Each day, a new conflicting study is published about Vitamins, Supplements and Minerals. Which makes it hard to answer the question ‘Are Supplements good for you and which ones should you take?’
One day folic acid is good, the next it’s found to cause cancer. One day Vitamin D is a lifesaver, the next it’s found to have no benefit. With so much information available (and with incredibly convincing marketing messages from some Supplement companies muddying the waters), how do you know what’s best? Here we explore why the science can be confusing and why it shouldn’t put you off living a Supplemented life.
The Science behind Supplements.
Vitamins and minerals are Micronutrients — something your body needs in tiny amounts. They influence nearly every process in your body and are essential for your overall health.
A common problem with studying Micronutrients in isolation is that they actually work as a team and exist alongside other nutrients in nature. Studies often look at high doses of one extract of a Nutrient, which doesn’t give a complete picture of the benefits it might deliver. Or tell you whether the Supplement might be good for you in smaller doses or in a more natural state.
Step 1 on this path is what we eat, ensuing that we are eating a balanced Diet and getting as many nutrients from our food as possible. Step 2 considers Supplements according to our individual needs. Essentially, the correct Nutrients from Diet and Supplements work collaboratively to maintain the proper balance in your body.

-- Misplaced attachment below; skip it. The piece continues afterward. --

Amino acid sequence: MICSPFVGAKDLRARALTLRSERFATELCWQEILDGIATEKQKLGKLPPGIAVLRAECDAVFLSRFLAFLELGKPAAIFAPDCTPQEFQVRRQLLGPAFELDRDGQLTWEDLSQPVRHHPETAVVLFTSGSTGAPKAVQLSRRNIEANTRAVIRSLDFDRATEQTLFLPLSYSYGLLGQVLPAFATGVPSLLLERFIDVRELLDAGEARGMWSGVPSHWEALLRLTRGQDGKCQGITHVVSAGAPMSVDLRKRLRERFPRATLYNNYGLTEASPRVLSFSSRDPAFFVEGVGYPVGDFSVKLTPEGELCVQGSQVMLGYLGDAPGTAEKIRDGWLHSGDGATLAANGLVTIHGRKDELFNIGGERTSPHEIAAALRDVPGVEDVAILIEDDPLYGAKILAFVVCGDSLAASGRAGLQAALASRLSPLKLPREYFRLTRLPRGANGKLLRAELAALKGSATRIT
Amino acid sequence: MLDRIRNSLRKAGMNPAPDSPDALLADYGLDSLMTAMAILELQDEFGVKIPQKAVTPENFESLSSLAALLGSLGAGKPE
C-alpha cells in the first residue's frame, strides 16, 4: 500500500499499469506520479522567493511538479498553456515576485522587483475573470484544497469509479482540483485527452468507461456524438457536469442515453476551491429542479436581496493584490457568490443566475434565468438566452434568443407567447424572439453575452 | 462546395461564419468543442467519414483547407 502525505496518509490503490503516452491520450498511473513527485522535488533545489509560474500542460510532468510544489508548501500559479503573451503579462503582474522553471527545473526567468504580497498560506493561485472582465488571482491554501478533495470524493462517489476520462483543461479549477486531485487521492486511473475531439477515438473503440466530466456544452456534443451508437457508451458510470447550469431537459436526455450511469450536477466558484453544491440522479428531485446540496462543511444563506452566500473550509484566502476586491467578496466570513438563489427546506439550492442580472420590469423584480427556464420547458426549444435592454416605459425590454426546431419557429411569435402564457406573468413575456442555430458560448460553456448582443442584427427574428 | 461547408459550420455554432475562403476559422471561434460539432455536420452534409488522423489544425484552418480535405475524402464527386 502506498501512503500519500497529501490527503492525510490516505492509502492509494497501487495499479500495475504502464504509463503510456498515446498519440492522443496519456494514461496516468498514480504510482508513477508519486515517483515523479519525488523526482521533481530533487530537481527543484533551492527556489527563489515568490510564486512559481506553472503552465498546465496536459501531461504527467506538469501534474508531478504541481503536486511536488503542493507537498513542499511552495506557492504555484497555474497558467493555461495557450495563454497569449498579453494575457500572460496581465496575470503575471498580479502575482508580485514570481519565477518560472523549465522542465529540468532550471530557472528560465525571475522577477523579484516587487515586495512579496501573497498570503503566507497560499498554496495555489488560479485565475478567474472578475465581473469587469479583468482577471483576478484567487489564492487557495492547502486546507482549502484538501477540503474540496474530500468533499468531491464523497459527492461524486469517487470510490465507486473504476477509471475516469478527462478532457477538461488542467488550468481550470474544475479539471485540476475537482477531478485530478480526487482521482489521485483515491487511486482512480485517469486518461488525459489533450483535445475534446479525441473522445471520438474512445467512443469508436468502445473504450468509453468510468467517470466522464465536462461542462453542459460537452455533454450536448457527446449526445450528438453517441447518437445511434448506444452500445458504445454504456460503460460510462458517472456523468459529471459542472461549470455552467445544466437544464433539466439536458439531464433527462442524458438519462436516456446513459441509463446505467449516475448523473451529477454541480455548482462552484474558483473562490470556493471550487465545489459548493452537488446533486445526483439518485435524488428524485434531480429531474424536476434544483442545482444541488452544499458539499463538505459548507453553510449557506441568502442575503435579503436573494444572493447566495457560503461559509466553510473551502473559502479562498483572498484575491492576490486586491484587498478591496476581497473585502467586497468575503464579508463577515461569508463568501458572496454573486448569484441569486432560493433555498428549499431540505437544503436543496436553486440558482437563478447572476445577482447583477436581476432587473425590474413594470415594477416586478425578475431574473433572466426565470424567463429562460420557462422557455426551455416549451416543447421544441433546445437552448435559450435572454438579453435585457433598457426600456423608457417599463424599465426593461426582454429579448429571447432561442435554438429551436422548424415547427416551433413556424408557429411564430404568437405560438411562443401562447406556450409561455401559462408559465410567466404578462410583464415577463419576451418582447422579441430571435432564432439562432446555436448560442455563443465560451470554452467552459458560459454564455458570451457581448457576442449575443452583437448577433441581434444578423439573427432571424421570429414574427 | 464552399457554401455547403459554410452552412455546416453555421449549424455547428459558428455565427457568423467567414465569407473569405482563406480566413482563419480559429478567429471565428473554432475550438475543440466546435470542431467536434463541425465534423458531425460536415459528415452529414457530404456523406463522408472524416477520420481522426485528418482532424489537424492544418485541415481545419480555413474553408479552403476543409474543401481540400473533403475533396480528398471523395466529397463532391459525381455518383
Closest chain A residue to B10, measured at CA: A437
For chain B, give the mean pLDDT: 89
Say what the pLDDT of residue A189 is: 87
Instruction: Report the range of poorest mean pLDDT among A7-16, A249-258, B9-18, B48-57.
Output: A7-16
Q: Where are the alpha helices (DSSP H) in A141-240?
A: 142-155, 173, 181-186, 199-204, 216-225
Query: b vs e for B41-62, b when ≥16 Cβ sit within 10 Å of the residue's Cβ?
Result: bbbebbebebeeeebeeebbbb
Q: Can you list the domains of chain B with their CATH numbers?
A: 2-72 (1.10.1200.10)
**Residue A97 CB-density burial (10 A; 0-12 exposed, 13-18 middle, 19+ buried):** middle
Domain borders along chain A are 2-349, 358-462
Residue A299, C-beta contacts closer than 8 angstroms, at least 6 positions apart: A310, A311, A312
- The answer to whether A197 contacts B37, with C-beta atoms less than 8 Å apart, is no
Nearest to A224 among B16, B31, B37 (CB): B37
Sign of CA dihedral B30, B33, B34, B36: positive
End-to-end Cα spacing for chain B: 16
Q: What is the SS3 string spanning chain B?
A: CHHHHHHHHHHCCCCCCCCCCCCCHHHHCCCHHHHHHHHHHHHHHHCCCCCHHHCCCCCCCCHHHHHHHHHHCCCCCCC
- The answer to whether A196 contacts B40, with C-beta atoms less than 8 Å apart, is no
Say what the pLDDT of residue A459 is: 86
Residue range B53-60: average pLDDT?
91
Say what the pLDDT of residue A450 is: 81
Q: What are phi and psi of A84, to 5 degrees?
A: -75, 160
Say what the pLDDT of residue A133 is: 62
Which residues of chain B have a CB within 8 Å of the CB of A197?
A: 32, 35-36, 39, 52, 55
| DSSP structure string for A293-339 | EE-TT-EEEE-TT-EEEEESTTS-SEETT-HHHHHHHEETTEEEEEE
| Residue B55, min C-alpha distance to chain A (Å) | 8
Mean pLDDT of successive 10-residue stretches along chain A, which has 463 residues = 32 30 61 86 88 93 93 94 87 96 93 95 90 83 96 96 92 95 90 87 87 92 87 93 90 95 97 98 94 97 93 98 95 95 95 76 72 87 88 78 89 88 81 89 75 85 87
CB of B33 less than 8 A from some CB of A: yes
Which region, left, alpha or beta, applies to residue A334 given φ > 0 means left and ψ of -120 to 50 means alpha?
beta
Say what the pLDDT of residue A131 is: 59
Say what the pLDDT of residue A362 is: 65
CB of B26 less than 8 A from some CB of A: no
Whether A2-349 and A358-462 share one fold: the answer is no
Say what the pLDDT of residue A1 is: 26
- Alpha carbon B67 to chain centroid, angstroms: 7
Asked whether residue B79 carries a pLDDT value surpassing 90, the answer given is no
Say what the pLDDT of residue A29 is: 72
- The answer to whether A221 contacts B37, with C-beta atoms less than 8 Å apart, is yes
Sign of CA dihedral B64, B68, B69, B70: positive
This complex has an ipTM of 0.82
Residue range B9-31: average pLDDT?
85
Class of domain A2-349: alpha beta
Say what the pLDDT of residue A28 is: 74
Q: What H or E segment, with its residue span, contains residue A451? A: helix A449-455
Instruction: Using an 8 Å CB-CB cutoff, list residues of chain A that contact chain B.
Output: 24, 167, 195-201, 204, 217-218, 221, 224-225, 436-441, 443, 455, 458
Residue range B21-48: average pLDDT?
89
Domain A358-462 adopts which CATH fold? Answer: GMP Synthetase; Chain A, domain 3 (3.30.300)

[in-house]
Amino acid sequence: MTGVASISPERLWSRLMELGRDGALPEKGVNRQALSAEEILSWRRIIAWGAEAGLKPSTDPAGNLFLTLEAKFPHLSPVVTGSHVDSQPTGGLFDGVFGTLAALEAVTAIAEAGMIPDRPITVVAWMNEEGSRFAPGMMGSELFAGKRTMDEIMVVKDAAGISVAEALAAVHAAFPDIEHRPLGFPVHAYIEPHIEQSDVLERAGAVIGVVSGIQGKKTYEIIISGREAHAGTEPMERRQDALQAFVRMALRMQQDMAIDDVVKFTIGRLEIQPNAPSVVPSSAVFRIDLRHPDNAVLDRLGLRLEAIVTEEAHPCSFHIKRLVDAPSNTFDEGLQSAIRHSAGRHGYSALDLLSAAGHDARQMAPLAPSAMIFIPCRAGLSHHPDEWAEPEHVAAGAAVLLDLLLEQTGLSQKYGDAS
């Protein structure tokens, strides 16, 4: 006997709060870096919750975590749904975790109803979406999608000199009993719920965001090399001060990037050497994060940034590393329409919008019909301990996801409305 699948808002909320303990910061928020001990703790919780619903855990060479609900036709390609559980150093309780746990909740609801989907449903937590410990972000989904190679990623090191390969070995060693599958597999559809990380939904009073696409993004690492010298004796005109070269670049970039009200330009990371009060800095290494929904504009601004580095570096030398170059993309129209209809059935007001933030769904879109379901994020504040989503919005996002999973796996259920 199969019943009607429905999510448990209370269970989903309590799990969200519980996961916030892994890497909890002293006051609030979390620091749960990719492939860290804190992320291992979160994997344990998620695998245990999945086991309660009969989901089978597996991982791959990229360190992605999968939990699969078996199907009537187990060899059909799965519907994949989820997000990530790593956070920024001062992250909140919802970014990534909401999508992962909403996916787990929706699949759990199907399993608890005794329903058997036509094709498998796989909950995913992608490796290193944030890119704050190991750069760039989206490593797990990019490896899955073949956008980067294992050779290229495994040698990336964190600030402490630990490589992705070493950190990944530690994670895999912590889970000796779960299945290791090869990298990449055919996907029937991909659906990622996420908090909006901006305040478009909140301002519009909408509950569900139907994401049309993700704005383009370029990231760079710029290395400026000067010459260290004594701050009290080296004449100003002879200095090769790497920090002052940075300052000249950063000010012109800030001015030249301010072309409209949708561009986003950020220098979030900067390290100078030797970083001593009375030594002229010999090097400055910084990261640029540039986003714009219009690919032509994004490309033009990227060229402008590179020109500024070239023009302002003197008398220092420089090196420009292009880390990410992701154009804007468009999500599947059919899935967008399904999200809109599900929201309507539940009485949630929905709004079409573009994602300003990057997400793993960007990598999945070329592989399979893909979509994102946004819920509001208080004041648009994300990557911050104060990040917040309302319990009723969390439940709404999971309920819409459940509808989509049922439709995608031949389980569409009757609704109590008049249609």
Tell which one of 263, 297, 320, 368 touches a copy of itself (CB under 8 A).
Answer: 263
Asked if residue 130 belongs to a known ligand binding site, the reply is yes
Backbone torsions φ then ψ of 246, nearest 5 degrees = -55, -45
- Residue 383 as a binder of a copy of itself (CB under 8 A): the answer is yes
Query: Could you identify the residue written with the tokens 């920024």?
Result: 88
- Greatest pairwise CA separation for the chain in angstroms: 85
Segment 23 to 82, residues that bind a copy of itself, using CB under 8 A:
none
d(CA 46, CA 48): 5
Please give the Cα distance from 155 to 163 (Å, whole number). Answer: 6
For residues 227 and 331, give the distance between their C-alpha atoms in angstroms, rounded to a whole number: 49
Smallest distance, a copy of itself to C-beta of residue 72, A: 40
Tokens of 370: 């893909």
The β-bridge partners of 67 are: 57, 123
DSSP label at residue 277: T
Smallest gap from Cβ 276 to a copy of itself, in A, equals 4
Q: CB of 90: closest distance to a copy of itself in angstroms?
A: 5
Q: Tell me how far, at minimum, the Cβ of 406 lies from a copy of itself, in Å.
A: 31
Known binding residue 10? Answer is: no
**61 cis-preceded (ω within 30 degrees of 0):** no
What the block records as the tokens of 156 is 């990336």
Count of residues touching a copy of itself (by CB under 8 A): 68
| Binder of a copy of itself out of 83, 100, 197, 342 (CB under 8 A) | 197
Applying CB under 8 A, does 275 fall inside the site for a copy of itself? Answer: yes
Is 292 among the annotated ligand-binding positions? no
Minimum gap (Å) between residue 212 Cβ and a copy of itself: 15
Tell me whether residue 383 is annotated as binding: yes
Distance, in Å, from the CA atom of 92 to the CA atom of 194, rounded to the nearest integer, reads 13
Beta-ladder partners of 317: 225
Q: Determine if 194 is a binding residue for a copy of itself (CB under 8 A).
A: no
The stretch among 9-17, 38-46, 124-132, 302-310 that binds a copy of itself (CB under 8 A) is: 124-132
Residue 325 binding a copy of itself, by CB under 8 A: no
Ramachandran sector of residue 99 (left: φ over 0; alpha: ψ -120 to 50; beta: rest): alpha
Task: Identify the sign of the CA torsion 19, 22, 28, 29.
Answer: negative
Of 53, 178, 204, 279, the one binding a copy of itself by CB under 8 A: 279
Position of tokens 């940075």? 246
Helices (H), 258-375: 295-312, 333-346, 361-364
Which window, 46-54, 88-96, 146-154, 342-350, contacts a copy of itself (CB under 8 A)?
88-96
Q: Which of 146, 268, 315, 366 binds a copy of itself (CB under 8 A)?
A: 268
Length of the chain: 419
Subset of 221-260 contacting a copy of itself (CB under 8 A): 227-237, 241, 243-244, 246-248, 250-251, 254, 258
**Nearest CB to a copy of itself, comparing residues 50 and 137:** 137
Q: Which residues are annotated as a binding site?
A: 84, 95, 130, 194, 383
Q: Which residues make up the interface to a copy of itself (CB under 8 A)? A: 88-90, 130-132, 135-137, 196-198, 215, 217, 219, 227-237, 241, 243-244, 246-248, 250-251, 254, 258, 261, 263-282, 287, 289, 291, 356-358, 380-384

Why start with a Balanced Diet?
A Vitamin is defined as ‘a biologically active, organic compound which is essential to maintain a state of health’. The word comes from ‘vital amine’, indicating just how vital they are.
To maintain an optimal state of health we need a balance of Micronutrients, Minerals, Antioxidants and Amino Acids. And as our bodies can’t produce all of the nutrients that we need to function properly, we have to eat them!
Unfortunately, because of depleted soils, industrial farming and hybridisation techniques, the animals and vegetables we eat have fewer Nutrients. Due to this, insufficiency is very common and can happen for several reasons. Some common causes include
- Poor absorption of Nutrients — for example, if you have Coeliac disease or Crohn’s disease.
- A diet lacking in fruit or vegetables.
- A Vegan or Vegetarian diet.
- Drinking excessive amounts of alcohol.
- Medications — like the oral contraceptive pill, antibiotics or antacid medication.
- Pregnant women, teenagers and older people all have increased nutritional demand.
- High levels of stress or intensive exercise.
Insufficiency can lead to many of the chronic conditions we struggle with every day: low energy, poor concentration, low mood, and aches and pains.
A key indication that you might be lacking in micronutrients is problems with hair, skin and nails. Your body will prioritise getting essential micronutrients to your vital organs to keep you alive, and if you don’t have enough, signs will appear externally, like weak brittle nails, thinning hair and dry skin.